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The Trumpian breach of faith

Imagining what Theodore H. White would have made of the making of the president 2020.

President Donald Trump speaks in the East Room of the White House in the early hours of Nov. 4, 2020, in Washington. (AP Photo/Evan Vucci)

(RNS) — Listening to President Trump’s “victory” speech last night, and reading his tweets today, I can’t help thinking of Theodore H. White, the great chronicler of American presidential campaigns, who died in 1986.

The year after I graduated from college, I did some intermittent research for White as he labored on “The Making of the President 1972,” the last in his quartet of “making of” volumes. In April of 1973, he had me go through the clips to put together a narrative of Watergate, which had suddenly emerged as a major element in his story — one he totally hadn’t anticipated, and which proved to be the disillusioning event of his career.

White, called Teddy by everyone, was a celebrant of America and of the meritocratic advancement the country is capable of. He’d made his way from lower-middle-class Jewish Dorchester, Massachusetts, to the esteemed Boston Latin School and thence to Harvard College, where he studied with the eminent China scholar John Fairbank.

Henry Luce, the China-born Presbyterian missionary’s son, got wind of him, so Teddy cut his journalistic teeth covering China during World War II for Luce’s Time magazine. The books on presidential campaigns are best seen as a war correspondent’s account of how two opposing armies peacefully contend for power in a democratic republic.

White finished the ’72 volume midway through the unraveling of Watergate, then turned to a book devoted to the scandal itself. Its title was “Breach of Faith.” In it he asserted that Richard Nixon had destroyed a binding national political myth that the American people would choose the best person to lead them, and that, for its part, the presidency “would make noble any man who held its responsibility.”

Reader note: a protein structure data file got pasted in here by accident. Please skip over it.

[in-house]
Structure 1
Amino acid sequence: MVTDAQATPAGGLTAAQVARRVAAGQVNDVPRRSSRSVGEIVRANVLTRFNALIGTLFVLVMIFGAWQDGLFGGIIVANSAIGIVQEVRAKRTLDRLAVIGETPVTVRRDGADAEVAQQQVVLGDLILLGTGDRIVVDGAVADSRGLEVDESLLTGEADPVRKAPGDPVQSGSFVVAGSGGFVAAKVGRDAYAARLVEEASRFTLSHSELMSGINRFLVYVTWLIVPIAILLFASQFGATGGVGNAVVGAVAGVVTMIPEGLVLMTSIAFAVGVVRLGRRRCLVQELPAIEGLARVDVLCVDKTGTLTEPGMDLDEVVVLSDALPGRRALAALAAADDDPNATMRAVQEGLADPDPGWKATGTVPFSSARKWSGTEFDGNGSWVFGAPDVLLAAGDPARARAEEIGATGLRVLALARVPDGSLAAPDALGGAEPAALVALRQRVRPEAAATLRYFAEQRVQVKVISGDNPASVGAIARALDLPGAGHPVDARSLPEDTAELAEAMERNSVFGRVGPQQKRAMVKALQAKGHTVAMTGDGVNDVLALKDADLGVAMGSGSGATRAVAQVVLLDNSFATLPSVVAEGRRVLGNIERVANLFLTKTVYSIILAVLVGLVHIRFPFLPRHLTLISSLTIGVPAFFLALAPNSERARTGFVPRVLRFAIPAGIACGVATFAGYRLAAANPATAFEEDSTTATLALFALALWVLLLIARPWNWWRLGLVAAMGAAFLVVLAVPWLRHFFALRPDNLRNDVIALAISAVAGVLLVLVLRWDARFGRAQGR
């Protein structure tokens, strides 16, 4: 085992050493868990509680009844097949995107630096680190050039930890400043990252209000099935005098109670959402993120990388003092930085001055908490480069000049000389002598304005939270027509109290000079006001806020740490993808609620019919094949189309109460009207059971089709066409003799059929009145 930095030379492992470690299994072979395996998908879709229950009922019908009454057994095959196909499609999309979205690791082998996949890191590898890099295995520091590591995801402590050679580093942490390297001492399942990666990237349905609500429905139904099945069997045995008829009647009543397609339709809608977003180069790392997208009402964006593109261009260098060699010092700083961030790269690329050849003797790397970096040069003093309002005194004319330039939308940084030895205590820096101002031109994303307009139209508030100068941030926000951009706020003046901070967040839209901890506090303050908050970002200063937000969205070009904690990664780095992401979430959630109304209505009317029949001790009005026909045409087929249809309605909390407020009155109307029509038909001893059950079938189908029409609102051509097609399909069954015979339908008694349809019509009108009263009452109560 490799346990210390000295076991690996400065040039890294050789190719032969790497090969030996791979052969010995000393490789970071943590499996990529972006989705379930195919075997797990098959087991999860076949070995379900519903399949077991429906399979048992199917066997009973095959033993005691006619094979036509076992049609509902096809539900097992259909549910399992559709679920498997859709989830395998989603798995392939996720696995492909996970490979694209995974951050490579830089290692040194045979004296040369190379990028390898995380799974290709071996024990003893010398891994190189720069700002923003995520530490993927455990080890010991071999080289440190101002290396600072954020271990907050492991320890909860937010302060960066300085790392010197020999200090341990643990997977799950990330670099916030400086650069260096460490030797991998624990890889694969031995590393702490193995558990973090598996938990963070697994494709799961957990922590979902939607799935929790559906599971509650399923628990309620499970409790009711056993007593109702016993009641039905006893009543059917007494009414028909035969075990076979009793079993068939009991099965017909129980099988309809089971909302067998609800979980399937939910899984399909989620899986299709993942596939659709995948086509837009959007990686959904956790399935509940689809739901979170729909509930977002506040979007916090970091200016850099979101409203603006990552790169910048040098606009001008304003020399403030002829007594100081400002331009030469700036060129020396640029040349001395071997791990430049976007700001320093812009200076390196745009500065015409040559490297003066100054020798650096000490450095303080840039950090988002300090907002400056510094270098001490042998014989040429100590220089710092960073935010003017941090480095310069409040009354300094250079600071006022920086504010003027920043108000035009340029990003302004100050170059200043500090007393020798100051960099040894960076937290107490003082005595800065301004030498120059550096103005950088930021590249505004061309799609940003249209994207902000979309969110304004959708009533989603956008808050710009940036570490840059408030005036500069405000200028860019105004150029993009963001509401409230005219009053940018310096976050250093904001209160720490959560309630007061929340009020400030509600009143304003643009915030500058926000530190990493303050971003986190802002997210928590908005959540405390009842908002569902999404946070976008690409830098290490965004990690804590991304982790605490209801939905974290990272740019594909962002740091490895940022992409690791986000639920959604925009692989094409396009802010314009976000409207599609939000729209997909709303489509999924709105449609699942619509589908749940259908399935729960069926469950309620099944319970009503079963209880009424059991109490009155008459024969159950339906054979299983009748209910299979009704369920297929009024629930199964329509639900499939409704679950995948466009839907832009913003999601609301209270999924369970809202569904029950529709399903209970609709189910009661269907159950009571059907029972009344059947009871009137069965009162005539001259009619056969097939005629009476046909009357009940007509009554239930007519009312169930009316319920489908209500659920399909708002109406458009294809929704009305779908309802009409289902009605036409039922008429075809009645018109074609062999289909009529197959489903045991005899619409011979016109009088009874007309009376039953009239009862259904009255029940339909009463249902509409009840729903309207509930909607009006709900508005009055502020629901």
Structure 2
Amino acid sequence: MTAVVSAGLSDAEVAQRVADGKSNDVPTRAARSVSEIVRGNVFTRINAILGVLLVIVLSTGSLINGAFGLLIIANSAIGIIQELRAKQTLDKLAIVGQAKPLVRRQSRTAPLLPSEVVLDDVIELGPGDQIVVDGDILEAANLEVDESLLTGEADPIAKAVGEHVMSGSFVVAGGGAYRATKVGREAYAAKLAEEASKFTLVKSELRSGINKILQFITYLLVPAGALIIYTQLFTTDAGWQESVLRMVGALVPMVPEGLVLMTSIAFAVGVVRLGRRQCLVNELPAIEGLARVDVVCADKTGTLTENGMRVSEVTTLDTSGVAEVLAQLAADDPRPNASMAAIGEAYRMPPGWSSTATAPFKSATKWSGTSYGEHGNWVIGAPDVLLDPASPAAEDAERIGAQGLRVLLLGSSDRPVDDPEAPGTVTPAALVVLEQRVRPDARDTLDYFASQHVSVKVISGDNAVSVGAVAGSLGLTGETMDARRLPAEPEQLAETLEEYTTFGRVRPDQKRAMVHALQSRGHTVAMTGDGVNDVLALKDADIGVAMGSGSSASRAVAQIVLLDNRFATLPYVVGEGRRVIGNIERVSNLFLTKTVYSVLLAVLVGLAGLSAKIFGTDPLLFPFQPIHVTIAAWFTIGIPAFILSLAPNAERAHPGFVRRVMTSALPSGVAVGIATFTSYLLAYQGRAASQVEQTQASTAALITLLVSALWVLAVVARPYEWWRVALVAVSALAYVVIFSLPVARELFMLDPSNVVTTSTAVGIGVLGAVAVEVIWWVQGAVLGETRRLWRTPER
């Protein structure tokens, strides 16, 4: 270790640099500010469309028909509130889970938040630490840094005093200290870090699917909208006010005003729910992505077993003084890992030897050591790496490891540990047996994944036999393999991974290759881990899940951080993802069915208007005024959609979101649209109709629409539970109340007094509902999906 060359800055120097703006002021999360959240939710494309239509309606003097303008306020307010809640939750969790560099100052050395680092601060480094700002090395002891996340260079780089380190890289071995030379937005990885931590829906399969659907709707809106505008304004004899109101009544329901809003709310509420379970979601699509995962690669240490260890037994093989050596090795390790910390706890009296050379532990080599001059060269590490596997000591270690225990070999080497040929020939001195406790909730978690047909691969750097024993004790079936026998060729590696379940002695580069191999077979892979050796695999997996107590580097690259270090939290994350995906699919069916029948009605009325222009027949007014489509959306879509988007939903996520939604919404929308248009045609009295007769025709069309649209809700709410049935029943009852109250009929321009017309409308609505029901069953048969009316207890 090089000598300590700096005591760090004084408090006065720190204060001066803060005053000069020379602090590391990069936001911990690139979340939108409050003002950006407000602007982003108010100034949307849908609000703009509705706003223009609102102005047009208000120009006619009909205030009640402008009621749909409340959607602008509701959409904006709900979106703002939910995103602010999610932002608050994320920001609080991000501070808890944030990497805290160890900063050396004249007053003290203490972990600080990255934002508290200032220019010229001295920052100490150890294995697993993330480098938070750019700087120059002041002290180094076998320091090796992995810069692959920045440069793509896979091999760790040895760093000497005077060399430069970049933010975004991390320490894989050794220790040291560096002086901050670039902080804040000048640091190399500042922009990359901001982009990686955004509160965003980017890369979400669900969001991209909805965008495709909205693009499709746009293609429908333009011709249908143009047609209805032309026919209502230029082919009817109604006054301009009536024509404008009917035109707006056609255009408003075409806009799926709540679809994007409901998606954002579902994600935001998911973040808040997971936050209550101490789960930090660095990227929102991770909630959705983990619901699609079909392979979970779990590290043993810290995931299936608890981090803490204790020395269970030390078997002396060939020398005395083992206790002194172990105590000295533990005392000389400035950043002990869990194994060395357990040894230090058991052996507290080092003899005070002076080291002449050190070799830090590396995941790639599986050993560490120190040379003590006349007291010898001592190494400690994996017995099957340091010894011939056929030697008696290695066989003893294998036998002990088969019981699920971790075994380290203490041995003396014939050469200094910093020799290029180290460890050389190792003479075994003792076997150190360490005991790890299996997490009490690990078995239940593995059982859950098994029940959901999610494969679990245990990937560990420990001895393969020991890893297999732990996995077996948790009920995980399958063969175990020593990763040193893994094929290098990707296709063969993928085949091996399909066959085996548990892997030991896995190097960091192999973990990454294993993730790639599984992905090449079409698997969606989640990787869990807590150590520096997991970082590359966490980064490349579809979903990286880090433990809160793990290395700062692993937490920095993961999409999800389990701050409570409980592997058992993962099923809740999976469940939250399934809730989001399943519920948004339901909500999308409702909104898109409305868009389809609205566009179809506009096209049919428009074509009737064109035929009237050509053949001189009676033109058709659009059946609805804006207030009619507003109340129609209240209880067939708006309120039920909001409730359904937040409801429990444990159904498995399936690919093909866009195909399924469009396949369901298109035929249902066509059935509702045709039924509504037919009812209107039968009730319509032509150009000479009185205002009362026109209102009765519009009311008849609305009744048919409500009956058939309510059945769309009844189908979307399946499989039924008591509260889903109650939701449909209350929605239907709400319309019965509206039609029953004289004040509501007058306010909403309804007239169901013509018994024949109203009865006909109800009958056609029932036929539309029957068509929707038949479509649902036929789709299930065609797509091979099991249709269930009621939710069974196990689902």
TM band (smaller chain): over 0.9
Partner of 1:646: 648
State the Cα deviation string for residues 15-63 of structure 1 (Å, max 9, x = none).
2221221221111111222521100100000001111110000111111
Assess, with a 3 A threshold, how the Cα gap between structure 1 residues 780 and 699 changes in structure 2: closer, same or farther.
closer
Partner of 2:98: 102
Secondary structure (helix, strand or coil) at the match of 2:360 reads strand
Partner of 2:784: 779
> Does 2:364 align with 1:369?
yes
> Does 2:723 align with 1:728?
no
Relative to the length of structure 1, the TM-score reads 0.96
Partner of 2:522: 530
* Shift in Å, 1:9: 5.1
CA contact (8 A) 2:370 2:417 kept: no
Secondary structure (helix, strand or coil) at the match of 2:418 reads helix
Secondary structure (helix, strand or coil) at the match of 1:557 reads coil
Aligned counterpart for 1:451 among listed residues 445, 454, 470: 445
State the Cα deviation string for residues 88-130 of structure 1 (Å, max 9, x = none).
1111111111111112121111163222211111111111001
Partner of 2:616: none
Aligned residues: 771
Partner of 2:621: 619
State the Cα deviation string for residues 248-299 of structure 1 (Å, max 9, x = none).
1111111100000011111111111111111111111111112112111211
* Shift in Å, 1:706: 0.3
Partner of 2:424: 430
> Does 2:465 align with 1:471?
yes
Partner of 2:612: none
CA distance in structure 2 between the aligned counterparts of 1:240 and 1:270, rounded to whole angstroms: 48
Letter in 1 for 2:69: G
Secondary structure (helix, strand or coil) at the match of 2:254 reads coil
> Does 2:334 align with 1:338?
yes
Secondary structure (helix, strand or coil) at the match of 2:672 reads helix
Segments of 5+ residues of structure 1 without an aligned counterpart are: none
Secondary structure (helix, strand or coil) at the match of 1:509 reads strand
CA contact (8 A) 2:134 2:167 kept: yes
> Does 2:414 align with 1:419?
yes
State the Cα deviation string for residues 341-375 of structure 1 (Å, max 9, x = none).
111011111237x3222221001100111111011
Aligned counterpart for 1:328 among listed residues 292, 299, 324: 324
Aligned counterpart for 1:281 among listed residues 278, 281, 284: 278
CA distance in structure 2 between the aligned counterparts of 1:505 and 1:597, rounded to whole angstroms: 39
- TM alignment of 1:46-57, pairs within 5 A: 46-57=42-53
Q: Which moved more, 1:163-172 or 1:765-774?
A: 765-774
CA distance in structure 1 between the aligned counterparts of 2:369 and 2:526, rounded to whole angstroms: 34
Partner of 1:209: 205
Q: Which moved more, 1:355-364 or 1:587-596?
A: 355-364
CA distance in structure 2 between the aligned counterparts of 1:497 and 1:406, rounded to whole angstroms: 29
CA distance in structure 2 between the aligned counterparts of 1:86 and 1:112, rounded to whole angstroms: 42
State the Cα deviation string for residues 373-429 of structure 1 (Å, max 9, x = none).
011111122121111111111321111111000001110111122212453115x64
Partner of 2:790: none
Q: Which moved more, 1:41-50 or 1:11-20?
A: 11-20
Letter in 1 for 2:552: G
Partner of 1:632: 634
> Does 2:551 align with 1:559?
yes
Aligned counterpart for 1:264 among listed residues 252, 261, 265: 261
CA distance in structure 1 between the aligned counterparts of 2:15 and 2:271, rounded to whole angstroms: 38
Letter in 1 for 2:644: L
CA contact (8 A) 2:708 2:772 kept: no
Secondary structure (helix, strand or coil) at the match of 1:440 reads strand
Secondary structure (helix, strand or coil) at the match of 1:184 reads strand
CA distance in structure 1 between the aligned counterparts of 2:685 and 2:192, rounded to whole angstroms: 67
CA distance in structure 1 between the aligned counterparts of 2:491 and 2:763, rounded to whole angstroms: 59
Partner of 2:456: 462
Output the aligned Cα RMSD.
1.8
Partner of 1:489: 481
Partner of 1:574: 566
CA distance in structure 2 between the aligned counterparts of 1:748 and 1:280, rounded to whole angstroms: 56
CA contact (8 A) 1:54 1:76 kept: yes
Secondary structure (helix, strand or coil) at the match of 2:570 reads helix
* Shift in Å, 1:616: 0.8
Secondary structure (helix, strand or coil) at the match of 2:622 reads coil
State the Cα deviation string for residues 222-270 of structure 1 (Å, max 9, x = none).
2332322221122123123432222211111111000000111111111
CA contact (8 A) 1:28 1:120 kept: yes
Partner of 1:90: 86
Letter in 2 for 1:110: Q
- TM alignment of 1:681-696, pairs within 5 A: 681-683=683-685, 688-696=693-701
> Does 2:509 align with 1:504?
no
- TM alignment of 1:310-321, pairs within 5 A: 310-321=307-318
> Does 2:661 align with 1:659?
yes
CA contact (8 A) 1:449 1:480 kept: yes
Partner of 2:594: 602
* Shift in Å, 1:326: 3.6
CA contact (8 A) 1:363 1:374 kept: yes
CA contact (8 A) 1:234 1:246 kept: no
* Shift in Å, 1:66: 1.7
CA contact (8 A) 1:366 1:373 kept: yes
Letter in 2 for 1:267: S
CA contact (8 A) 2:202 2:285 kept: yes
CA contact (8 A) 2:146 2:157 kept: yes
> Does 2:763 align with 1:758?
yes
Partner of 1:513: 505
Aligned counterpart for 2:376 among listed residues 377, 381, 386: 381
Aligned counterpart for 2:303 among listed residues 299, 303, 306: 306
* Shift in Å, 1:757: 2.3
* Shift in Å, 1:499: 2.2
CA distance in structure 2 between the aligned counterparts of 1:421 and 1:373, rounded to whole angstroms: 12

White believed in the importance of that myth, and before Watergate, you had to read between the lines to understand that he sometimes thought it wasn’t true.

But even in his glum last years, he couldn’t have imagined a Donald Trump as president of the United States.

Trump’s public egging on of his supporters to physically attack his foes would have appalled White. And the president’s readiness to call the legitimacy of normal electoral processes into question would have left him flabbergasted.

As for that binding myth, not even Trump’s airiest apologists would claim that the presidency has in any way ennobled him. Not that his MAGA army would have wanted it to. What they like about him — what they evidently want in a president — is someone who says out loud the things they think in their own dark moments.

And then there are those who recognize Trump for what he is, yet wouldn’t cast a ballot against him. Like the Orthodox Jewish woman who said, “I hate Trump. I mean, I think he’s just an abomination. Abysmal as a leader. Biden is a competent politician, even though he is a Democrat … but I surely won’t vote for him.”

If Joe Biden turns out to be our next president, he will, he says, seek to unify the country. The effort may, as White imagined, make him noble. But what if the country doesn’t give a damn?

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